The Army Aviation community is a rather close-knit community, yet we find ourselves spread all over the world. Web 2.0 technologies, however, have helped us keep in touch in ways previously unthinkable, allowing old comrades to swap pictures, video and stories with their friends all over the world.
Tragically, the nature of the business is such that Army Aviators, upon hearing of a fatal aircraft crash, will immediately turn on the news or go to sites such as Army Air Crews.com in order to see if one of their friends was involved. After multiple duty stations and deployments, an aviator might have friends in all corners of the world, most of whom are unable to pay their respects in person.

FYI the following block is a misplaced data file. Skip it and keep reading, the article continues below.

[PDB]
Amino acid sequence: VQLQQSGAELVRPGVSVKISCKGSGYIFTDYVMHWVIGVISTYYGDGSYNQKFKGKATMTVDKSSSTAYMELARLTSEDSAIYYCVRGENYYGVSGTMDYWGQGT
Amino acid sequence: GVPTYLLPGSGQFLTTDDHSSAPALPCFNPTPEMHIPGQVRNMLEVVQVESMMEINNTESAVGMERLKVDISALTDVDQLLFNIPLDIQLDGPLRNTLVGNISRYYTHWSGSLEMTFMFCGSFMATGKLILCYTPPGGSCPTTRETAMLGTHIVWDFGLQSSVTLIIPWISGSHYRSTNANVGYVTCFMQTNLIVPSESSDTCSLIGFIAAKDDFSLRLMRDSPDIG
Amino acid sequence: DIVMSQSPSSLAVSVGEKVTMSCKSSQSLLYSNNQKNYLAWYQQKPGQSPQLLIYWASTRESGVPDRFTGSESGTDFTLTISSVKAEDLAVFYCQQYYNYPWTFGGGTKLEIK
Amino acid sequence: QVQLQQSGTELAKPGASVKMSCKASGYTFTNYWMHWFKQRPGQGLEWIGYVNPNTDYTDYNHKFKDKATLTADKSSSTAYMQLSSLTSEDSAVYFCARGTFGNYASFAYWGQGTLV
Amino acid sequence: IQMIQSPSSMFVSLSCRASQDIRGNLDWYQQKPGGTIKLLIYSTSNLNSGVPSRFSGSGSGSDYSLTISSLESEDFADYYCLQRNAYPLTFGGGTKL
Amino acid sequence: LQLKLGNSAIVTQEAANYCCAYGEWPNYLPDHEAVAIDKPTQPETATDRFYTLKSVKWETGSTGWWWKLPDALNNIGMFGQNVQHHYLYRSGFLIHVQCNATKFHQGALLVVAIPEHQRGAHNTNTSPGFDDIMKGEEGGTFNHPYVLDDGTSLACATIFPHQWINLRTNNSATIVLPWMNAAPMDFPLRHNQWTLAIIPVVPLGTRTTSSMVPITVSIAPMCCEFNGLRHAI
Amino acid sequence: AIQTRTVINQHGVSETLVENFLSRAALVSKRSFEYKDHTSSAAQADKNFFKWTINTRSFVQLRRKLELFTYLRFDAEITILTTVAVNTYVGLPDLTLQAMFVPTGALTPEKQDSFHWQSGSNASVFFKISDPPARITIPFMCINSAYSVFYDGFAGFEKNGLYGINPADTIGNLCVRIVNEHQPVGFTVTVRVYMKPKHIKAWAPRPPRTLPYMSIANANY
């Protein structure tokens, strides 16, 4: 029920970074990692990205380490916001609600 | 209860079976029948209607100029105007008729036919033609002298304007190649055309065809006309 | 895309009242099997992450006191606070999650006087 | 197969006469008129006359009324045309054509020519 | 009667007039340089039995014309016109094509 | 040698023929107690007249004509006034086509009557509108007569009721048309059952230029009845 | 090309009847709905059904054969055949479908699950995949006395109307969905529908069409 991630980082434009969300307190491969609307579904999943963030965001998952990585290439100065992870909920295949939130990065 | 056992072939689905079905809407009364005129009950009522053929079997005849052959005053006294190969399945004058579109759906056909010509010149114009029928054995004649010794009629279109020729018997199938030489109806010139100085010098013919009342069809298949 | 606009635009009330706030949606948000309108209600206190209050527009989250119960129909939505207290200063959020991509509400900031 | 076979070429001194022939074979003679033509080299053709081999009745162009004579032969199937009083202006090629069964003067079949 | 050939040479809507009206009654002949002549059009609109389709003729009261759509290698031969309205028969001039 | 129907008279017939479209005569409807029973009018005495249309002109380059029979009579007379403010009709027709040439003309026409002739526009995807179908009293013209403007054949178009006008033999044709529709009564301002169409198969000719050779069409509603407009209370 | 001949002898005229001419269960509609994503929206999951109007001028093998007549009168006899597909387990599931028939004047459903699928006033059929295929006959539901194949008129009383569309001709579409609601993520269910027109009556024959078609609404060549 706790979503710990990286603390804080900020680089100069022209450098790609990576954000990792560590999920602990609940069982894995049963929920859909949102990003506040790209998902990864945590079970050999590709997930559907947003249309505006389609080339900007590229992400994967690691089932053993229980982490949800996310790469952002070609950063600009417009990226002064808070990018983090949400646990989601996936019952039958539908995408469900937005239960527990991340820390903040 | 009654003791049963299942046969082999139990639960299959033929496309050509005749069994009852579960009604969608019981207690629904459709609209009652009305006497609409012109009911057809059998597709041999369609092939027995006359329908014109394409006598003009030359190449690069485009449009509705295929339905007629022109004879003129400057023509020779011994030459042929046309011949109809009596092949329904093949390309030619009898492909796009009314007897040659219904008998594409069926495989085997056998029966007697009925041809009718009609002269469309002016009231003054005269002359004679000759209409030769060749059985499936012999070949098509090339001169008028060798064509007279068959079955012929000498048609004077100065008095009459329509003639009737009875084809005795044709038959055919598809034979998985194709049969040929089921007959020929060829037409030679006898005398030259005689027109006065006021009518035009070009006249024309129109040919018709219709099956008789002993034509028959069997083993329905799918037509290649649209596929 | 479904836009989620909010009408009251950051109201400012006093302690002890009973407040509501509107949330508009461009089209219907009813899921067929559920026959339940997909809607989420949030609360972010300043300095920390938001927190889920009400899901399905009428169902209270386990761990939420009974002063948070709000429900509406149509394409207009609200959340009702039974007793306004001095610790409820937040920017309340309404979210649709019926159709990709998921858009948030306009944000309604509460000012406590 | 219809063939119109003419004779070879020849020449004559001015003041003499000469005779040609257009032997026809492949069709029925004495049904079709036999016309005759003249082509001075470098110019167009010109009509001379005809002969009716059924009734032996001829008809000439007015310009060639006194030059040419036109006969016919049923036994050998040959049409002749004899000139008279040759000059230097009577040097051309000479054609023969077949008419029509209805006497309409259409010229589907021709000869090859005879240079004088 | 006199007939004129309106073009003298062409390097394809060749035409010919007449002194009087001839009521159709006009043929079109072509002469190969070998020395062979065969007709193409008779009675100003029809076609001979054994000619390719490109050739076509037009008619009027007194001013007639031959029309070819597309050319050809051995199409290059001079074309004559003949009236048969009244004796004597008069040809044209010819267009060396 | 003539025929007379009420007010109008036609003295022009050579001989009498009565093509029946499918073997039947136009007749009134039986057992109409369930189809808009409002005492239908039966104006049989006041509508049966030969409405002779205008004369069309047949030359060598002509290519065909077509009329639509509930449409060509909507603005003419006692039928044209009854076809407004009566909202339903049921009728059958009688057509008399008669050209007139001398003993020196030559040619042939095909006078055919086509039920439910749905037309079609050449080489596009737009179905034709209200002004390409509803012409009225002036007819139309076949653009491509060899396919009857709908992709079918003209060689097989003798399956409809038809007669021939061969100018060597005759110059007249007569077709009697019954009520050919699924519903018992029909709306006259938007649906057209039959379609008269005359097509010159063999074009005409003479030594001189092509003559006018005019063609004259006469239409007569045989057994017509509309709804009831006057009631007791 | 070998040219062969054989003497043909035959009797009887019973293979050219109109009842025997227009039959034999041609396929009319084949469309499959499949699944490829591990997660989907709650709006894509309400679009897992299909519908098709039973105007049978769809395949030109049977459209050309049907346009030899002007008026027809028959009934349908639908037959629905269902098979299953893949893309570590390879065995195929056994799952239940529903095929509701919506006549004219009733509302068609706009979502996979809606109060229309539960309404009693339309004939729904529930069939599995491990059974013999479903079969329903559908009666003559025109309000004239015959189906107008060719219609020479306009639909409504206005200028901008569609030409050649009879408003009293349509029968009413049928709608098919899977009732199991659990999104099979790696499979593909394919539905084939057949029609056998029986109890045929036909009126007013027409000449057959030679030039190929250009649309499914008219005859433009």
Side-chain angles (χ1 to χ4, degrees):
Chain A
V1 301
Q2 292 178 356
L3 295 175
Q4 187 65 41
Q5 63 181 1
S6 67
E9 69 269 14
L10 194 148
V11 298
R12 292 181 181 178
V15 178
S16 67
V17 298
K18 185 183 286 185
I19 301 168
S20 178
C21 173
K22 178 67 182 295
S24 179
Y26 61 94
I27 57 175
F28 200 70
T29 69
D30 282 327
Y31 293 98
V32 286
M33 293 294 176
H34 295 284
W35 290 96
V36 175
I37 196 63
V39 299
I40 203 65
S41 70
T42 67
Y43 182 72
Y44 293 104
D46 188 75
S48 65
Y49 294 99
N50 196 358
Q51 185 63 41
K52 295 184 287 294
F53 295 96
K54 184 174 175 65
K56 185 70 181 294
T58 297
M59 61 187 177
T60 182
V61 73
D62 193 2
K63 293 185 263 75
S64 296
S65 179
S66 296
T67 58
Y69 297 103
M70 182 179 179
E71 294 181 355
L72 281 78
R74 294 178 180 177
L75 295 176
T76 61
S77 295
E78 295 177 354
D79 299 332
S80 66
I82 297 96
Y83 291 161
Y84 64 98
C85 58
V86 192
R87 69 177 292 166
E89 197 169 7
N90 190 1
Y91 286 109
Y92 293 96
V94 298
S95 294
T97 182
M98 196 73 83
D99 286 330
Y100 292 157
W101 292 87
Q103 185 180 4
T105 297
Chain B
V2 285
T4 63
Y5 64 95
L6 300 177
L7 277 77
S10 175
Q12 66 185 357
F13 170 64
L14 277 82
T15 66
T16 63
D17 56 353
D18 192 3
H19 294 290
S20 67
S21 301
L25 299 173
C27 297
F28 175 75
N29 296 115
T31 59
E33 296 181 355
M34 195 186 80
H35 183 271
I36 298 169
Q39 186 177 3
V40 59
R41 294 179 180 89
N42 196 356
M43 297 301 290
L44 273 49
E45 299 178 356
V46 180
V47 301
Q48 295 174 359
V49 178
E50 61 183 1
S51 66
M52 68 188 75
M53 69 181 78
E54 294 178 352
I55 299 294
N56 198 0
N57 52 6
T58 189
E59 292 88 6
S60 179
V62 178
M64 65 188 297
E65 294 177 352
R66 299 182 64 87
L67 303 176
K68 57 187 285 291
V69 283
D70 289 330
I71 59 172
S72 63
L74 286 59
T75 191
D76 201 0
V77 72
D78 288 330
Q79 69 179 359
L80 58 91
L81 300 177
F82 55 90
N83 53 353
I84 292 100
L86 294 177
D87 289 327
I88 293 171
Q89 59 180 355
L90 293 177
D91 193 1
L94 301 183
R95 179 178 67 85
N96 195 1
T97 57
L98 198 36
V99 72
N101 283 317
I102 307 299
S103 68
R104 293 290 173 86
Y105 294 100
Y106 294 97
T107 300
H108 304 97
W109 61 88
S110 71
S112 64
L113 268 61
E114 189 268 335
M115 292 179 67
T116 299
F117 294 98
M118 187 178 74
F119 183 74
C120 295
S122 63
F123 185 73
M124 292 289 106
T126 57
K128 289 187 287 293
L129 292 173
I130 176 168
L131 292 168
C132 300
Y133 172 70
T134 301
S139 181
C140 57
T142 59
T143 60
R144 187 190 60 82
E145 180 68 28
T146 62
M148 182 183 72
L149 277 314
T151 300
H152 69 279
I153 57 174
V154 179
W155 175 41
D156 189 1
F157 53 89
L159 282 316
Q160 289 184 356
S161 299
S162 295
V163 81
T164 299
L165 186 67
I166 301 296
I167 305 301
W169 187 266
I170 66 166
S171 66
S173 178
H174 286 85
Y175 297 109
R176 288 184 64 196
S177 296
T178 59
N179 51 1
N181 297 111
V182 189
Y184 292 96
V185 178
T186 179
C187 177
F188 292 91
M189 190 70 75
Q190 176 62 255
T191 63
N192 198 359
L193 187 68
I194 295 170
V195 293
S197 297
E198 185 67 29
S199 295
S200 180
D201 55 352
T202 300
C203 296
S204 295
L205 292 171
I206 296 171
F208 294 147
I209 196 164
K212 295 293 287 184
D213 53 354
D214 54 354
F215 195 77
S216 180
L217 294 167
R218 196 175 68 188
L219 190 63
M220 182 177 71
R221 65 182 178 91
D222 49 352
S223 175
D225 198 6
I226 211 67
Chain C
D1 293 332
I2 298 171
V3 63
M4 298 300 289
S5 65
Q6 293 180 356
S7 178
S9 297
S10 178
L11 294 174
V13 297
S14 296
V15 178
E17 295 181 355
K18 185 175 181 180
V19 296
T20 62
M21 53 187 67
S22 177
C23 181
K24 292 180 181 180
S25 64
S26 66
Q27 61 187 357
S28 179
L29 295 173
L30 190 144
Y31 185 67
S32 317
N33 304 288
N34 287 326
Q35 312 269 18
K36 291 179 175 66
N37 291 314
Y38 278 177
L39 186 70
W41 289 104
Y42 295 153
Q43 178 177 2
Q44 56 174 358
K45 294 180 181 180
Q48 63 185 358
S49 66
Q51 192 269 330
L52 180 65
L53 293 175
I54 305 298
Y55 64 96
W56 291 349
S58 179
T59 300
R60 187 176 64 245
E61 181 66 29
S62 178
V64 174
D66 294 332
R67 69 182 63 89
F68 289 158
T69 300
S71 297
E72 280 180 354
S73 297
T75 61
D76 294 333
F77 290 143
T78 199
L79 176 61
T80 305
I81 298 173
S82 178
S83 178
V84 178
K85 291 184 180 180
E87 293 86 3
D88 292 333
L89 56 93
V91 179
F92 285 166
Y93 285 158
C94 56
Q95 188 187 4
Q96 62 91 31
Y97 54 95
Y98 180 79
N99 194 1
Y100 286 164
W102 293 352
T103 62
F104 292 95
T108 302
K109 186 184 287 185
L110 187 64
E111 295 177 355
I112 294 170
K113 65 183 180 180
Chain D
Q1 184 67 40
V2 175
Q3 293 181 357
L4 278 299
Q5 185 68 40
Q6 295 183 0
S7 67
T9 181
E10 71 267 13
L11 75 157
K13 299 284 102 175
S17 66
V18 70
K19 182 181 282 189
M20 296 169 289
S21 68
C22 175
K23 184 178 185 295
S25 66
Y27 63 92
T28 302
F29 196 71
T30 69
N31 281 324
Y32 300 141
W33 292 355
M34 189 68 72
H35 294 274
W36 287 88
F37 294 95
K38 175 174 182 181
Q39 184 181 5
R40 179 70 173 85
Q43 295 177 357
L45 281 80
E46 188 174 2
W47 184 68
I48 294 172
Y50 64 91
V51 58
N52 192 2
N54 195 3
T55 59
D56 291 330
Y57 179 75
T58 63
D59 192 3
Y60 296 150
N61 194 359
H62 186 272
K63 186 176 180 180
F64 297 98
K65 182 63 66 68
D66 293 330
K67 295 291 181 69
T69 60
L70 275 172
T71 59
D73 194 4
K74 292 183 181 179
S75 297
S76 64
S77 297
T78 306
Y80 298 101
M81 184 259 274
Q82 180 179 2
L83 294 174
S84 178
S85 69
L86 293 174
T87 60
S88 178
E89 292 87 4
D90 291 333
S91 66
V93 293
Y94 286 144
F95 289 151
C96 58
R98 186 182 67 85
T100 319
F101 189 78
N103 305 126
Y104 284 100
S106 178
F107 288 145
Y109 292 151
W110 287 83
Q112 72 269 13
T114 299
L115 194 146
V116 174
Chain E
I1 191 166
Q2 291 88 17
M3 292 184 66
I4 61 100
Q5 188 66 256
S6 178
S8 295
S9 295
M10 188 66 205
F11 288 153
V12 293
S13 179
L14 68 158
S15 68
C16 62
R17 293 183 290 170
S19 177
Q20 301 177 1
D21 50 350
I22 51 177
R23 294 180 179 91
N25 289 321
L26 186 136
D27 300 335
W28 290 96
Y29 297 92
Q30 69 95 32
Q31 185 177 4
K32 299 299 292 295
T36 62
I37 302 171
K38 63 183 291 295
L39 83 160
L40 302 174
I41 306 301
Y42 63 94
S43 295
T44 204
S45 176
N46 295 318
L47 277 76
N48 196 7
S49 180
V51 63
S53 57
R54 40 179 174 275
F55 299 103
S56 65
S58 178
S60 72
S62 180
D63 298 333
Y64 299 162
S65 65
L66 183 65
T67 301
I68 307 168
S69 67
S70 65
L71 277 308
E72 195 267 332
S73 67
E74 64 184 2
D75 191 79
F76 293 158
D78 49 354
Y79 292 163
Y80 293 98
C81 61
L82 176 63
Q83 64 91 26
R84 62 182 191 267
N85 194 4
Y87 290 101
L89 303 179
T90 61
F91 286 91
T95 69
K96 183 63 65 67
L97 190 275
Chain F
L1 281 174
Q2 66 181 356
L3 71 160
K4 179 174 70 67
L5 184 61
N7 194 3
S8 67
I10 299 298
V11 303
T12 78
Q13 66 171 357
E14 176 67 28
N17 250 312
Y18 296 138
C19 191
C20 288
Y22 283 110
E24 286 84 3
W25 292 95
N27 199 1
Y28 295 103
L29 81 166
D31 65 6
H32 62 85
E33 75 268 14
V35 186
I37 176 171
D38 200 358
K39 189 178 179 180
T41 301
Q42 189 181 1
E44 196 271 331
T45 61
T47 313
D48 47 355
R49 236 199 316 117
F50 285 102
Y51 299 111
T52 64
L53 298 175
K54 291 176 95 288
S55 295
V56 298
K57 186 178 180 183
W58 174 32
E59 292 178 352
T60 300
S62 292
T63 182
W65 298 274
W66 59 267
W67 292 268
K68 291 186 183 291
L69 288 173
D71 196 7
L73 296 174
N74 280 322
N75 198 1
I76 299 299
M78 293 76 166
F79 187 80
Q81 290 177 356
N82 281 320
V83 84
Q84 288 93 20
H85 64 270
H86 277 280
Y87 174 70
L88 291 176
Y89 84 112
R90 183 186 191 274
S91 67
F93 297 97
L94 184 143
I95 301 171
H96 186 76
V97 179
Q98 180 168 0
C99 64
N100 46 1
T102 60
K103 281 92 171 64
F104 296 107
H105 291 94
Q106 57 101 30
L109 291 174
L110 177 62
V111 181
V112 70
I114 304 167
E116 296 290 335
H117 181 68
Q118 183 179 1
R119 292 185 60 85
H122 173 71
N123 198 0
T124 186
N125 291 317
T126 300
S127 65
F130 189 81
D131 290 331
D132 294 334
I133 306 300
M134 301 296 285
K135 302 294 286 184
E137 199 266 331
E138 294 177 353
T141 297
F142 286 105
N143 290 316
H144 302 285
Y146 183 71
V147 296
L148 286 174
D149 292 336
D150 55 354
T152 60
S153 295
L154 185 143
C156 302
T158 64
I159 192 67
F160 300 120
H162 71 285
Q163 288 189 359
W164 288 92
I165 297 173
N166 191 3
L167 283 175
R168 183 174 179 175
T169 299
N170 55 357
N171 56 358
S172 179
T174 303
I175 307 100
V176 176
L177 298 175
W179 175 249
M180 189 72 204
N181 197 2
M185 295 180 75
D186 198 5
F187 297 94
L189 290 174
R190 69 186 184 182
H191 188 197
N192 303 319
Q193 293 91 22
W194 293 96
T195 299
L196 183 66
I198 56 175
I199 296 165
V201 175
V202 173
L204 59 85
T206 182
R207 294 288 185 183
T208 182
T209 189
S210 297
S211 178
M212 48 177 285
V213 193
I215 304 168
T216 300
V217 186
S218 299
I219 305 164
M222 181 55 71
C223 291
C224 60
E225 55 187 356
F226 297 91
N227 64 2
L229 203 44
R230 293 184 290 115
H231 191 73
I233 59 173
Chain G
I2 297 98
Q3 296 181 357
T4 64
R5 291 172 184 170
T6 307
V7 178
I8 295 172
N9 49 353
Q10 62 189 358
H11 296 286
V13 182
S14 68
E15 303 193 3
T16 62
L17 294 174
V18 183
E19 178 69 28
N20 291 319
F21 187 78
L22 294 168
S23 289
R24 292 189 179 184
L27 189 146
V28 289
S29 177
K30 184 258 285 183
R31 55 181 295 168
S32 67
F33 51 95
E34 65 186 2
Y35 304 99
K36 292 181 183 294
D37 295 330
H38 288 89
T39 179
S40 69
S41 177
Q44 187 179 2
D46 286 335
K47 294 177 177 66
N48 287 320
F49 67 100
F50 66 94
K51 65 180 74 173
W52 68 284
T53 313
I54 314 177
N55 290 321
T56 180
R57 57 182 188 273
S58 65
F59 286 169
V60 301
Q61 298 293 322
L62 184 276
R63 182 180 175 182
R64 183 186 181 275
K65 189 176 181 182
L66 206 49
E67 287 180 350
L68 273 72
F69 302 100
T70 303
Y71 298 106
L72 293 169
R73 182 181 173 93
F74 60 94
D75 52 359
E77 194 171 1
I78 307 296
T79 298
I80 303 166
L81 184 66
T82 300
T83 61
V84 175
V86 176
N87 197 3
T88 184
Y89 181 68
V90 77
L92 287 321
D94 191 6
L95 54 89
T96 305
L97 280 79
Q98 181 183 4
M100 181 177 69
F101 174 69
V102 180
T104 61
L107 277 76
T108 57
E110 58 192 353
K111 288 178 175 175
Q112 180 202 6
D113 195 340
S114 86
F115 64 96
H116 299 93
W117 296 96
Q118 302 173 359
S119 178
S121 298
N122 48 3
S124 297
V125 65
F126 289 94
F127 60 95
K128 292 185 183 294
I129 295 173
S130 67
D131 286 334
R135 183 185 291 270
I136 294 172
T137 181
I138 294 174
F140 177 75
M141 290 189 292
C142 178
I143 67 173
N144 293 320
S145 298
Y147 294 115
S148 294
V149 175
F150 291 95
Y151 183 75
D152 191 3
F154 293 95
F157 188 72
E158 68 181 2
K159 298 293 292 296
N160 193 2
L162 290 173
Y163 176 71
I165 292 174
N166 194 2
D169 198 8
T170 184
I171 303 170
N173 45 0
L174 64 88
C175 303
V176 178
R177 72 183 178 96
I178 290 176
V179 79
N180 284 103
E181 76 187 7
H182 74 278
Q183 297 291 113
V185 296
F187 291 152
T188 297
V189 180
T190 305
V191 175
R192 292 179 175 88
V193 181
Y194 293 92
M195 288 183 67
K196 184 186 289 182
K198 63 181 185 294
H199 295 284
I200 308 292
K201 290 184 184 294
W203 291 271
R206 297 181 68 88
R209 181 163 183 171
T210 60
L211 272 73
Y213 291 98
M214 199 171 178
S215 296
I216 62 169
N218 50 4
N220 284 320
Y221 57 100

In the last few years, virtual memorial sites have become popular, such as the one for CW3 Farwell. Often consisting of a guestbook, pictures and video--sometimes even a Twitter feed or a Facebook page--it's a touching way for friends all over the world to pay their respects when they are unable to do so in person. CW3 Farwell's site even allows one to donate to a Memorial Trust. It's yet another powerful way in which Web 2.0 has changed the way we interact with one another.
CW3 Farwell was 39 at the time of the crash, and left behind a wife and three children.
(Thanks to Michael Yon for the link)